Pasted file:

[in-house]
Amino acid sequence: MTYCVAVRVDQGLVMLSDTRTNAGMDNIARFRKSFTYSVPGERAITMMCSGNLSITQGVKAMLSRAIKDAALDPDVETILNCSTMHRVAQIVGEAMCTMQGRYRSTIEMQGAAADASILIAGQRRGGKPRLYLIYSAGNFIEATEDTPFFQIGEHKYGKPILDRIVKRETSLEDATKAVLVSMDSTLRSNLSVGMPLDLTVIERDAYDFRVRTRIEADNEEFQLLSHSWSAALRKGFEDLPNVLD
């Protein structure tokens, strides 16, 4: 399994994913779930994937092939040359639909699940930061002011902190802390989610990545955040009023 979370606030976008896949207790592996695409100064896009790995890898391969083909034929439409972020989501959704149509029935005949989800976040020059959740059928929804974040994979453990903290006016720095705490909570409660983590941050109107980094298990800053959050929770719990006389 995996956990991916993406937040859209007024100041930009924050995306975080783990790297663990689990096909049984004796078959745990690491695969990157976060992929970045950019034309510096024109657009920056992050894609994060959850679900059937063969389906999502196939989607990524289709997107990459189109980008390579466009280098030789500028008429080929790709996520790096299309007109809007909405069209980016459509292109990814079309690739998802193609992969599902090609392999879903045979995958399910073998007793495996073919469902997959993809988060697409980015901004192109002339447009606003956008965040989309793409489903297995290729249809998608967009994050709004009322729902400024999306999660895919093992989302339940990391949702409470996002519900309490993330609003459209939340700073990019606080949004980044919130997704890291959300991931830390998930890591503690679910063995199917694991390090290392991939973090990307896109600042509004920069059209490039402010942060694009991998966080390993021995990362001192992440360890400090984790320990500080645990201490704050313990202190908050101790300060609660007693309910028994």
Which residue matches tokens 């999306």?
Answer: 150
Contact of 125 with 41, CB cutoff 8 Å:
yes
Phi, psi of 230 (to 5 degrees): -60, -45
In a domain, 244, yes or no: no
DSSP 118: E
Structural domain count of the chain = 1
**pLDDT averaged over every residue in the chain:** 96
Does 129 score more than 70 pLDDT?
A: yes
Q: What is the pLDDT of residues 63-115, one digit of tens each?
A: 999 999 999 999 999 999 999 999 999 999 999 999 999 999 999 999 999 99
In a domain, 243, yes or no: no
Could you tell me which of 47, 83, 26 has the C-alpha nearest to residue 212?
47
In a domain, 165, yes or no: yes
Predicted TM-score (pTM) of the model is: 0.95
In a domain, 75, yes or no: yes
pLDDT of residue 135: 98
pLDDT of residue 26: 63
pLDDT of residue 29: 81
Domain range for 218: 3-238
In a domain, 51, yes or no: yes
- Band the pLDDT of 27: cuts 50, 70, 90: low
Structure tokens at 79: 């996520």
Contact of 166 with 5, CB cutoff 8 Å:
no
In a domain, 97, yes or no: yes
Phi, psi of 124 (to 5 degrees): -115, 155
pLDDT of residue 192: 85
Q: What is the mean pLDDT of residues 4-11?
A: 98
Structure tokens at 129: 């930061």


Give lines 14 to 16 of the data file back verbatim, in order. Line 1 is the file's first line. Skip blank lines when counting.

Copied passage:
A: yes
Q: What is the pLDDT of residues 63-115, one digit of tens each?
A: 999 999 999 999 999 999 999 999 999 999 999 999 999 999 999 999 999 99